4 Things You Should Stop Doing Re: Amal Alamuddin & George Clooney

Amal Alamuddin

Hi! First of all, if you haven’t heard the news about my retiring this blog and moving on, you can read it here.

I don’t usually talk about this stuff, and it’s been some time since the news of their engagement, but these reactions have been accumulating slowly and fallen under my social justice radar frequently enough to warrant a post.

So, here they are: A Lebanese expat’s thoughts on some of the Lebanese culturescape’s reactions to Amal Alamuddin’s engagement to George Clooney:

Thought No. 1: STAHP enabling a culture of honor violence:

According to my mom, there’s a running joke in Lebanon about George Clooney and Amal Alamuddin’s engagement, and it’s not what you think.

Remember the story last year about the Druze girl who broke cultural taboo by eloping with a non-Druze man, who then had his penis severed by her family?

Yeah, so Amal Alamuiddin comes from a Druze family, and there are jokes being made about Clooney losing his genitals. Because that is sooooo freaking hilarious. So goddamn hilarious that people face violence for marrying outside of their religions of birth, that people have to run away to another country to have interfaith ceremonies, and face ostracism, fear, and violence from their societies and families when they come home.

This is how you normalize a culture of honor violence. STAHP. There are a whole lot of things you can make silly jokes about that don’t make light of endemic cultural problems that hurt, damage, and traumatize people. Find a new niche.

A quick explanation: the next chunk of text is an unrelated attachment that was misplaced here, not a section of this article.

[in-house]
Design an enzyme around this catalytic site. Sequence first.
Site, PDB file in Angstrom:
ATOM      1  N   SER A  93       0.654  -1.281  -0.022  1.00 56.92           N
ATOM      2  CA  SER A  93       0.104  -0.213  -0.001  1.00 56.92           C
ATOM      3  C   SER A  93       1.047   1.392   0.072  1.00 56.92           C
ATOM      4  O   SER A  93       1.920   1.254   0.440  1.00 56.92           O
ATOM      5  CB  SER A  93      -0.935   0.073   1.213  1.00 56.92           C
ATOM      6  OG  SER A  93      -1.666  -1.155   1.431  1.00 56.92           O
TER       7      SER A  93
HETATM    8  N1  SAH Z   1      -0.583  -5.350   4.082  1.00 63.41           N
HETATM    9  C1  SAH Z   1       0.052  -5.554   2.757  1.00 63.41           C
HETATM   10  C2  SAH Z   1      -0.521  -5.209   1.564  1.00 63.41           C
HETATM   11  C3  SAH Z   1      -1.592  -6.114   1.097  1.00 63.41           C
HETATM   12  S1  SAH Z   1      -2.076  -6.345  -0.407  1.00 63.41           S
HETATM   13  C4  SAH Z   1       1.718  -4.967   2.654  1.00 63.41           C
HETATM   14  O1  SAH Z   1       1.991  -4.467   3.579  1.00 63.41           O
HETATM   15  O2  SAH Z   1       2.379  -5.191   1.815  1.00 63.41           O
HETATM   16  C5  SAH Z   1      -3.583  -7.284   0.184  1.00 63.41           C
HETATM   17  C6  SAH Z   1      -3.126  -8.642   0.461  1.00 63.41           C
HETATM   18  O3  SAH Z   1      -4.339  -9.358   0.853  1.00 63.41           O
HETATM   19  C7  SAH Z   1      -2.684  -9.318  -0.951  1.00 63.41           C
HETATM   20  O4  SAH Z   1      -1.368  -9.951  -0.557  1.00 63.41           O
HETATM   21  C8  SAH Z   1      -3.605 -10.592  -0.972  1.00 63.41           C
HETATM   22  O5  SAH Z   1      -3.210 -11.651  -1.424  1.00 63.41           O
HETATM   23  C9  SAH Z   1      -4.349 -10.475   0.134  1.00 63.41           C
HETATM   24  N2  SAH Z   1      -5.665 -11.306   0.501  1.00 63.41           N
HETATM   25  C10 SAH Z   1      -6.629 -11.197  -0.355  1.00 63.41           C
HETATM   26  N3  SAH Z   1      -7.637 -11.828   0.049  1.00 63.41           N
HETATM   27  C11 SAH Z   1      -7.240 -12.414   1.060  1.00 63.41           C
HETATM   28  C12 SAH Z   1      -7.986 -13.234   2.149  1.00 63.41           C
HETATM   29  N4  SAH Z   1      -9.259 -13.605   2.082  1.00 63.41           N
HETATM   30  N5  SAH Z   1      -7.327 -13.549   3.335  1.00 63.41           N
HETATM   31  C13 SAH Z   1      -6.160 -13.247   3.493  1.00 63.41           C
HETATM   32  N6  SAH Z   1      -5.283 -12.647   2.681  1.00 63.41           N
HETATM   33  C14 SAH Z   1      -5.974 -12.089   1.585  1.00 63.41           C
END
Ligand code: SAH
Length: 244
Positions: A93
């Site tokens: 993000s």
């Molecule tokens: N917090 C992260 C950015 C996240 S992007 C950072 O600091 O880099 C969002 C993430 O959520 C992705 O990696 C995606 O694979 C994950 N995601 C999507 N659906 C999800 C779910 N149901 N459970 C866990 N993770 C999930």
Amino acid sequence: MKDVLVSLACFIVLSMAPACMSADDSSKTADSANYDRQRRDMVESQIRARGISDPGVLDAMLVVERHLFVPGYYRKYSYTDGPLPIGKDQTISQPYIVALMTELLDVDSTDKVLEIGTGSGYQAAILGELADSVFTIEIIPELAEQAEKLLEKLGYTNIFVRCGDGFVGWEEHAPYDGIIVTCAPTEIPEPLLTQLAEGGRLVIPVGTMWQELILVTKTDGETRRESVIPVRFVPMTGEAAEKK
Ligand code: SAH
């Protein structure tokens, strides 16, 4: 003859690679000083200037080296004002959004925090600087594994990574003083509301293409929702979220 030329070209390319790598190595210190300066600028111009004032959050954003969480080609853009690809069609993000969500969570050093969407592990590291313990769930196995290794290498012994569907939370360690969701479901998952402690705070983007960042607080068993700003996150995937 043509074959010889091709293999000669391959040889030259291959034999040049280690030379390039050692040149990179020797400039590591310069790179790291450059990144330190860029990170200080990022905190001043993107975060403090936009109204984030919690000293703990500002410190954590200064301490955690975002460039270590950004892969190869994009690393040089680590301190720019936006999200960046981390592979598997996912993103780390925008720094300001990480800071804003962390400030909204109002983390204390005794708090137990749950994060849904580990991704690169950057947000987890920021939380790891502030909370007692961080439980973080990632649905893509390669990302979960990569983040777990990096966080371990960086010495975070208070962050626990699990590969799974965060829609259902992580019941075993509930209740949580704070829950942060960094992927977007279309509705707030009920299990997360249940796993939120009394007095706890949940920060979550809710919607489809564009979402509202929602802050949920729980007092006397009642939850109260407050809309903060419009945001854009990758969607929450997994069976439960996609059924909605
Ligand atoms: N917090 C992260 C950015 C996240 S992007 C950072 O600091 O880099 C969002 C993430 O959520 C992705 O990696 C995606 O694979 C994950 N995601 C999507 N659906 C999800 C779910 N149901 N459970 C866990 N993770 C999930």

Thought no. 2: STAHP fueling sectarian biases:

Because that’s what a lot of Lebanese people are doing in their discussions about Amal Alamuddin when they hash it in terms of where she’s from and what her religious background may or may not be. We can’t, as a collective culture, seem to transcend this uber obsession with everyone’s sect.

It’s not okay that in Lebanon it is the norm for strangers, taxi drivers, teachers, restaurant staff, cashiers, etc to randomly ask where you are from and what your last name is in attempt to find out what sect you are so they can stereotype you, try to evangelize you, set you up with their son, propose to you on the spot, or not-so-subtly critique the politics they assume you hold because of your religion of birth.

I’m tired of everyone’s family thinking it’s okay to similarly examine their friends, acquaintances, and co-workers, for that to be considered acceptable living room conversation.

The first question you should ask about your kid’s new friend should maybe not be about their sect, the first thing you wonder about a person you just met who has a religion-neutral name should maybe not be what their sect is, the first thing you think about a person named Jean or Ali should maybe not be oh they’re Christian or Shia, followed by a series of implicit judgments according to that info.

And I’m tired of the rush to claim affiliation to whatever Lebanese person or person of Lebanese ethnicity is being talked about next. I’m tired of how we use well-known people to fuel sectarian biases– because that is what you’re doing when you wonder where Amal Alamuddin’s family is from.

As a country we need to fucking stop this obsession with each other’s religions and family backgrounds. The way we do it casually, in our everyday lives, keeps sectarian culture thriving. Every Lebanese person under the age of 30 is probably sick of being told to remember the civil war, but there is wisdom to being e aware of what happens when we perpetuate a culture of sectarian bias. We don’t check IDs at checkpoints and kill people based on their religion of birth anymore, but sectarian culture is alive and well so long as our IDs must still proclaim our sects for some reason and we casually use sectarian belonging to judge and appraise people.